Director: Wilfred Jackson
Release Date:
 October 13, 1931
Rating: ★★★½
Review:

The Spider and the Fly © Walt DisneyAfter ‘The Cat’s out‘ of three months earlier ‘The Spider and the Fly’ is the second silly symphony focusing on a story instead of a musical routine.

In this short a mean spider lures two flies into his web by playing harp on it, recalling a similar scene in Max Fleischer’s ‘Wise Flies‘ from 1930. The female fly is captured, but the male fly summons all the other flies to help him rescue her, which they do in a long battle scene on the music of Franz von Suppé’s overture ‘Die leichte Kavalerie’ and Franz Schubert’s Erlkönig. Here we watch flies riding horseflies and using dragonflies as bombers and shoes on caterpillars as tanks. There’s also a spectacular scene in which the flies set fire to the spider’s web, with the poor female fly still in it. Ironically, the spider’s finally captured with flypaper.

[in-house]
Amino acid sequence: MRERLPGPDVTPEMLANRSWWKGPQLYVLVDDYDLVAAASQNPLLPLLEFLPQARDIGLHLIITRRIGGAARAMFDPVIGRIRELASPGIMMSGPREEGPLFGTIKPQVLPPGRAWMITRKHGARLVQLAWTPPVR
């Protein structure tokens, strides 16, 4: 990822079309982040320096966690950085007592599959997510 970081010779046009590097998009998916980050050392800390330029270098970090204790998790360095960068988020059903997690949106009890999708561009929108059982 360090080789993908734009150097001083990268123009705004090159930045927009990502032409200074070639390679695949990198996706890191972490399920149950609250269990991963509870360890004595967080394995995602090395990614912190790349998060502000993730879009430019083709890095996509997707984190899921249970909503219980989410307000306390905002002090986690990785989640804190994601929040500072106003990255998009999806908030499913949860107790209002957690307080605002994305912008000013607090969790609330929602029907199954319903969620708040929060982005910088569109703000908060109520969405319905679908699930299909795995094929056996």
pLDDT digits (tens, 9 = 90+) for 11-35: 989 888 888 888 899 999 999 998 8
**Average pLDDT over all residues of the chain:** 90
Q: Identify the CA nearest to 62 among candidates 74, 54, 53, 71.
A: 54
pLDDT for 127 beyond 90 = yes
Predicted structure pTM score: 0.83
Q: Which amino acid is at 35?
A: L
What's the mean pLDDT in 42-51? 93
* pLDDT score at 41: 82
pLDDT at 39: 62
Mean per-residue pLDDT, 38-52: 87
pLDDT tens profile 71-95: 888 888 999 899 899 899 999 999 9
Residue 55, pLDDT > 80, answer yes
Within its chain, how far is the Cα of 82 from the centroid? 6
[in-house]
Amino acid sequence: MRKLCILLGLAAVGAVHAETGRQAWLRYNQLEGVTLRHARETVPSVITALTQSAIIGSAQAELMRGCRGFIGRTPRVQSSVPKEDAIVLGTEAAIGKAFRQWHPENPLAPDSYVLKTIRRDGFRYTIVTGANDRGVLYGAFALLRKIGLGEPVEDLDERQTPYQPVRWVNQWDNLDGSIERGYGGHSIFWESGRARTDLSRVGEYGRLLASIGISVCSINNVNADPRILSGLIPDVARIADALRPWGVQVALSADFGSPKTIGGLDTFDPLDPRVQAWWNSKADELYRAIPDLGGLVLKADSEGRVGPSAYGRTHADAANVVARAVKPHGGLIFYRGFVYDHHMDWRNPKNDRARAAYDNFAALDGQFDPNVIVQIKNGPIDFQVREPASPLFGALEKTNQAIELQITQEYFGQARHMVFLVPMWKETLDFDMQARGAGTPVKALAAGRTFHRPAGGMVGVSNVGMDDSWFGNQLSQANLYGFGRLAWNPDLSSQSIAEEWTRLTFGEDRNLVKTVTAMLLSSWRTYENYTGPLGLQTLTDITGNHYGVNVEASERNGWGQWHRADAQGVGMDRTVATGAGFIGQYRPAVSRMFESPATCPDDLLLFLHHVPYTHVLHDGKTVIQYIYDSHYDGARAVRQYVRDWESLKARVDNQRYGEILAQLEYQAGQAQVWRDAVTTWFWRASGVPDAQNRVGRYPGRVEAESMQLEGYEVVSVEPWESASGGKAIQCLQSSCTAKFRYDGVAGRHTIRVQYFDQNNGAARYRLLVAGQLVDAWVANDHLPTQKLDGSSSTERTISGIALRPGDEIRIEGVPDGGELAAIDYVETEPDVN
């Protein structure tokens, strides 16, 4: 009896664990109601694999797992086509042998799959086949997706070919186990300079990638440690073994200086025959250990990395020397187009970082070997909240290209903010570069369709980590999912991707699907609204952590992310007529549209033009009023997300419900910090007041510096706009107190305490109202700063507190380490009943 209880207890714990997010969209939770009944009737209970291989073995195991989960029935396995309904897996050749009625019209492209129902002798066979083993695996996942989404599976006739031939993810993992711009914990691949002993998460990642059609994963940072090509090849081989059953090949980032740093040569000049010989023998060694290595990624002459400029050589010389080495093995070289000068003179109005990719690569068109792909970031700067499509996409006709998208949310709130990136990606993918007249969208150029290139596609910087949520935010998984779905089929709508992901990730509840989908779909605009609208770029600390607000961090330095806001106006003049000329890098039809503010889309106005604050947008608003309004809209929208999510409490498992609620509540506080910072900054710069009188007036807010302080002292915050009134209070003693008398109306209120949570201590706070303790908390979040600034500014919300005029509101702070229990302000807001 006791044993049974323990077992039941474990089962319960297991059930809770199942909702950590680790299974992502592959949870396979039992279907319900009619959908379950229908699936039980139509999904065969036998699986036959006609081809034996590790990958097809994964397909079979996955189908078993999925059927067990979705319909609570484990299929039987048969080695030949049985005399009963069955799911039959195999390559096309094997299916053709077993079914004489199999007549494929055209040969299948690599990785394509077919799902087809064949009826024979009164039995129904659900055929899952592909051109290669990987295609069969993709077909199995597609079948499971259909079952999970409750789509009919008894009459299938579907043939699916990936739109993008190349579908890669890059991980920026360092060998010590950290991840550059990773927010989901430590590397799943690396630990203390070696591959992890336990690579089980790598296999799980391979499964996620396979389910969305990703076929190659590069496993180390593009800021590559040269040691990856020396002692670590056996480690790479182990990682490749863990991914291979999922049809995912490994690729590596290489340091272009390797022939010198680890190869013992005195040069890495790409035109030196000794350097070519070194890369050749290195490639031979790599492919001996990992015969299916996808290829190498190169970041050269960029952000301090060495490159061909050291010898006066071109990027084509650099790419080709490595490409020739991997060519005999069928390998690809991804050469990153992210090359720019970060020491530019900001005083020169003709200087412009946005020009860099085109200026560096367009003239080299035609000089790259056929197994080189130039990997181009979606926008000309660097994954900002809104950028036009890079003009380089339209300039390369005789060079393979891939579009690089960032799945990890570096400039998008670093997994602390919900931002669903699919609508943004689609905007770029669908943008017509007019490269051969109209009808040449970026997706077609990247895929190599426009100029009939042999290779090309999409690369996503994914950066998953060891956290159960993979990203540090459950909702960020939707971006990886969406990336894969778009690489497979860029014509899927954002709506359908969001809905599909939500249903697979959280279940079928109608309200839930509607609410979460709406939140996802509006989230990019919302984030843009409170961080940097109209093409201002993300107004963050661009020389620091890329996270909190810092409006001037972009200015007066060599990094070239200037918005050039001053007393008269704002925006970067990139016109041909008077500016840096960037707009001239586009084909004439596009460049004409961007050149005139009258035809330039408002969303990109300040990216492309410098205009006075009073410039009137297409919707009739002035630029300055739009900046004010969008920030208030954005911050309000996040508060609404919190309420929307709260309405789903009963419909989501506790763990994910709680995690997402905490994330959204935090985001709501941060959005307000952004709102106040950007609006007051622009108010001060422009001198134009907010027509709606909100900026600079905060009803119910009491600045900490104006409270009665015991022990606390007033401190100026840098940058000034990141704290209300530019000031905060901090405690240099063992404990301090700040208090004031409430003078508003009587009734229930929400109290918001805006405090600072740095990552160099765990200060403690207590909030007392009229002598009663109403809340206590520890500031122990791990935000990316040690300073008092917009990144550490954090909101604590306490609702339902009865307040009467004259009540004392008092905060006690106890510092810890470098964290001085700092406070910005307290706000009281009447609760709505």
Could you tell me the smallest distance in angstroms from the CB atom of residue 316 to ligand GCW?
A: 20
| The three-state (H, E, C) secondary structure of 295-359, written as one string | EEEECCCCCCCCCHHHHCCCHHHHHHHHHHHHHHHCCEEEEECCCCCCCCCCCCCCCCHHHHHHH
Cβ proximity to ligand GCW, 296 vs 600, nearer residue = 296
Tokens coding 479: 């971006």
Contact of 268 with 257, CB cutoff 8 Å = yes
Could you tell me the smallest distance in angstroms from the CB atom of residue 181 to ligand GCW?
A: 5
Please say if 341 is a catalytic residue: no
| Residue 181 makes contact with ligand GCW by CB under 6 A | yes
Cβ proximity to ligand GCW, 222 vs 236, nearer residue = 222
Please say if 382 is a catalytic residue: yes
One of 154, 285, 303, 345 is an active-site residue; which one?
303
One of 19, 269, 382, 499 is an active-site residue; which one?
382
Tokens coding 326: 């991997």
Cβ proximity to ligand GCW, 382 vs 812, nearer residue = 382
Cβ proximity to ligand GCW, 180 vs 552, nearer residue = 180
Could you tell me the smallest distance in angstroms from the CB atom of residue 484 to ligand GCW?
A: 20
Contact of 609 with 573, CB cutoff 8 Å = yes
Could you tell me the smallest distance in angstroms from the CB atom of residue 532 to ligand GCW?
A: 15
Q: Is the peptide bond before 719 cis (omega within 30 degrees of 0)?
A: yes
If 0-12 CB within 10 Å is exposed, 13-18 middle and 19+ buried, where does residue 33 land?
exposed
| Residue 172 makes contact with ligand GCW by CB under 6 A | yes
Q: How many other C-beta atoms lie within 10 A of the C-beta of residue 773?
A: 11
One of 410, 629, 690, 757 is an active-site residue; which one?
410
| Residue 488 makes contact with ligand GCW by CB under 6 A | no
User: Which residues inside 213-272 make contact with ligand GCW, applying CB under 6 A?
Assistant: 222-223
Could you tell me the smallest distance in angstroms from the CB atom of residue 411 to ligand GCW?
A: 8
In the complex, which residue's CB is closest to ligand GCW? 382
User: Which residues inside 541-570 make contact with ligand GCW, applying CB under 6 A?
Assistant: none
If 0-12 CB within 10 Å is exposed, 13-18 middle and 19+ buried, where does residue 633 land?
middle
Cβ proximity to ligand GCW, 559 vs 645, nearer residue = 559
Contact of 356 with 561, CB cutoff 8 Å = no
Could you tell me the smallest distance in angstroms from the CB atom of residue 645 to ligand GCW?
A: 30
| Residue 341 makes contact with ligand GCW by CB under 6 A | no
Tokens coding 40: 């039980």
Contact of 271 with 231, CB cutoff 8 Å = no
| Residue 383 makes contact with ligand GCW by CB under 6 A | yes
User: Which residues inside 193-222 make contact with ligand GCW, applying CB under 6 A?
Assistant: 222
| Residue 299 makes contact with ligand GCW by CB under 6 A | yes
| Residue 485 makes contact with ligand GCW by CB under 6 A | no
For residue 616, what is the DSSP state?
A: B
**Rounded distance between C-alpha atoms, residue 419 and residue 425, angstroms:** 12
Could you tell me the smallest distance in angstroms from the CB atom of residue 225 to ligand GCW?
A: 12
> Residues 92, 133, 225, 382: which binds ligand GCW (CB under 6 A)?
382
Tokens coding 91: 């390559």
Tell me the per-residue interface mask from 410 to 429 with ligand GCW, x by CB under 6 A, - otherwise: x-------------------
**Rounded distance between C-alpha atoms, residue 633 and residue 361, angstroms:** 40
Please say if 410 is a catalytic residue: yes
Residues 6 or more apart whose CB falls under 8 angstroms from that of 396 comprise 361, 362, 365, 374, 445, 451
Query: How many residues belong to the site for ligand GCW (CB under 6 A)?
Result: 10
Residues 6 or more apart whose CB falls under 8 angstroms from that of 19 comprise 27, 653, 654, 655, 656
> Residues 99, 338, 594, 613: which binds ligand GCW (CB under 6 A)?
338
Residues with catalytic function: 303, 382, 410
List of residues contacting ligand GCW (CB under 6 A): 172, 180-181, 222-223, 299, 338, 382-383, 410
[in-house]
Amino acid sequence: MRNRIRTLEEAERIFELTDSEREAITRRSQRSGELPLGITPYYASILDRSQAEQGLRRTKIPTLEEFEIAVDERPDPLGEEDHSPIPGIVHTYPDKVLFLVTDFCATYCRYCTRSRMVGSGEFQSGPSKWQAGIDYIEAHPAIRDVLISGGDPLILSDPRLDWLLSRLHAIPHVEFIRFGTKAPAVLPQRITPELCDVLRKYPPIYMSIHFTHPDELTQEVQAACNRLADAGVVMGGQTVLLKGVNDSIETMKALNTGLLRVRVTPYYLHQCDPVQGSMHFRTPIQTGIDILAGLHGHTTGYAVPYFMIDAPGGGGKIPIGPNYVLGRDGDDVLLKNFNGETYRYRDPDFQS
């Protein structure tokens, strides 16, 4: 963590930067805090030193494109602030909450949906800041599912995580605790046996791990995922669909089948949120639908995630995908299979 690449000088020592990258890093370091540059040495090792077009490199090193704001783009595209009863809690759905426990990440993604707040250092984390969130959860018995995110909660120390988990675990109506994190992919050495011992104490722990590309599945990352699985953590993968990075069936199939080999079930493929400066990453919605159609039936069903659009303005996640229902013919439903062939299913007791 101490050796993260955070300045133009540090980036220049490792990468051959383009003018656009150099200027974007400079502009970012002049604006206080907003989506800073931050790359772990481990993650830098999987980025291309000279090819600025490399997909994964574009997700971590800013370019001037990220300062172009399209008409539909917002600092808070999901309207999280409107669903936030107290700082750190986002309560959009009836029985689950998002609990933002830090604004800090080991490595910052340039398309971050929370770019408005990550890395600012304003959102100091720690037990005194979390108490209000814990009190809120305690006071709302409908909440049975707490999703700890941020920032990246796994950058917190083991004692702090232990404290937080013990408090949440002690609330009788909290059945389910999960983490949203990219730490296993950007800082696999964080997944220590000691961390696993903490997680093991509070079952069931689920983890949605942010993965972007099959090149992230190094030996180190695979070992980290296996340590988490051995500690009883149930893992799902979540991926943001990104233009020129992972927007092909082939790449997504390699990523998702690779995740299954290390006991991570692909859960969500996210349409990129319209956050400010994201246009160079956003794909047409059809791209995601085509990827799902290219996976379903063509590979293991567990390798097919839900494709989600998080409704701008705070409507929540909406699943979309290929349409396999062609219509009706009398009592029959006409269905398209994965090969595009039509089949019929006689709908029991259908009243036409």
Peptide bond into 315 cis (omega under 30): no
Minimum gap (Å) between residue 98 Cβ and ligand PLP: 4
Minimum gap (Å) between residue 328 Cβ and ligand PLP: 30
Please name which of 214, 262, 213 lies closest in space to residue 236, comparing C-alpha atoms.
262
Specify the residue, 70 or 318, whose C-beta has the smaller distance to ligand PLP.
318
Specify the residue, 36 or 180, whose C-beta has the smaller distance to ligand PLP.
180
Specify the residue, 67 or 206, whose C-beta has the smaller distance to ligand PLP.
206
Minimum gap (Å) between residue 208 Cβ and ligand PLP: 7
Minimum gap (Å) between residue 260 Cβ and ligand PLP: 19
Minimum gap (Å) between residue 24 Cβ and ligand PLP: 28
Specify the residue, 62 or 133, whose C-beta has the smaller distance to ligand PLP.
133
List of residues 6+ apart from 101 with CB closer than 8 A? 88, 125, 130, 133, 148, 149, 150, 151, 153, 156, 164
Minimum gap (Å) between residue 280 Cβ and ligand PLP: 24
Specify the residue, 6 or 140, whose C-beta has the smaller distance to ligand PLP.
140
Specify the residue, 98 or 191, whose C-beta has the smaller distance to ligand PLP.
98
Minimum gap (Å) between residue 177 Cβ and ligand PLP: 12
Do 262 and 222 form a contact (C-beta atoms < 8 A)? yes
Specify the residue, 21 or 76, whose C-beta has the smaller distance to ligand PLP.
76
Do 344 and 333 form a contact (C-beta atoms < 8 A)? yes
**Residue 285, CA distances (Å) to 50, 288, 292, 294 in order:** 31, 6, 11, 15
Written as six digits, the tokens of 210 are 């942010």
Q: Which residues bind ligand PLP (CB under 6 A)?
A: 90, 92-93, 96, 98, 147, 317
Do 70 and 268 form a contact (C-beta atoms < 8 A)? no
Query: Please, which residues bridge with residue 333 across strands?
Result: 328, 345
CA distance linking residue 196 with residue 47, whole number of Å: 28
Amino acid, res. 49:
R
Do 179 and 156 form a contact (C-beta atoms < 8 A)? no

‘The Spider and the Fly’ is more melodramatic than funny, but there’s a lot going on, and one doesn’t get the time to get bored. The basic story line of this cartoon would be followed in two other Silly Symphonies: ‘Bugs in Love‘ (1932) and ‘The Moth and the Flame’ (1938), also featuring insects.

Watch ‘The Spider and the Fly’ yourself and tell me what you think:

This is Silly Symphony No. 23
To the previous Silly Symphony: The Clock Store
To the next Silly Symphony: The Fox Hunt

‘The Spider and the Fly’ is available on the DVD ‘Walt Disney Treasures: More Silly Symphonies’

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